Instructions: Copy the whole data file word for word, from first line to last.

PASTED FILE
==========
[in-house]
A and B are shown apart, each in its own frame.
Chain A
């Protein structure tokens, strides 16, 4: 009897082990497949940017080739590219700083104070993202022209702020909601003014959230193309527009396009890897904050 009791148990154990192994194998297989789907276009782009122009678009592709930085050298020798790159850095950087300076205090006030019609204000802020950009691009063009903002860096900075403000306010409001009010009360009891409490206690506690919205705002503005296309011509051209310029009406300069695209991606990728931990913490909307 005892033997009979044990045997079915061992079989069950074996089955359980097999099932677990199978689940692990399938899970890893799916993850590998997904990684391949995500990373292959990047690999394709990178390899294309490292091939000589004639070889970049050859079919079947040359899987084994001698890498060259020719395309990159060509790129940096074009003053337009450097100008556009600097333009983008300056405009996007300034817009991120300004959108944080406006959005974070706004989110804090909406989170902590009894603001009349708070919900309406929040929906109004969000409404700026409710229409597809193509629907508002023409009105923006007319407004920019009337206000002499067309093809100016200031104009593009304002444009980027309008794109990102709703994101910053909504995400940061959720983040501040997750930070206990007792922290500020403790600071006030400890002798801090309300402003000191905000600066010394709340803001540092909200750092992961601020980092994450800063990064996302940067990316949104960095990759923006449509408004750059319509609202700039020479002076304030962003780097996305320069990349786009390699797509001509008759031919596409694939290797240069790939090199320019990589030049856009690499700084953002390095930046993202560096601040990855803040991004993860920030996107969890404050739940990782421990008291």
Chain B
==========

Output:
[in-house]
A and B are shown apart, each in its own frame.
Chain A
């Protein structure tokens, strides 16, 4: 009897082990497949940017080739590219700083104070993202022209702020909601003014959230193309527009396009890897904050 009791148990154990192994194998297989789907276009782009122009678009592709930085050298020798790159850095950087300076205090006030019609204000802020950009691009063009903002860096900075403000306010409001009010009360009891409490206690506690919205705002503005296309011509051209310029009406300069695209991606990728931990913490909307 005892033997009979044990045997079915061992079989069950074996089955359980097999099932677990199978689940692990399938899970890893799916993850590998997904990684391949995500990373292959990047690999394709990178390899294309490292091939000589004639070889970049050859079919079947040359899987084994001698890498060259020719395309990159060509790129940096074009003053337009450097100008556009600097333009983008300056405009996007300034817009991120300004959108944080406006959005974070706004989110804090909406989170902590009894603001009349708070919900309406929040929906109004969000409404700026409710229409597809193509629907508002023409009105923006007319407004920019009337206000002499067309093809100016200031104009593009304002444009980027309008794109990102709703994101910053909504995400940061959720983040501040997750930070206990007792922290500020403790600071006030400890002798801090309300402003000191905000600066010394709340803001540092909200750092992961601020980092994450800063990064996302940067990316949104960095990759923006449509408004750059319509609202700039020479002076304030962003780097996305320069990349786009390699797509001509008759031919596409694939290797240069790939090199320019990589030049856009690499700084953002390095930046993202560096601040990855803040991004993860920030996107969890404050739940990782421990008291």
Chain B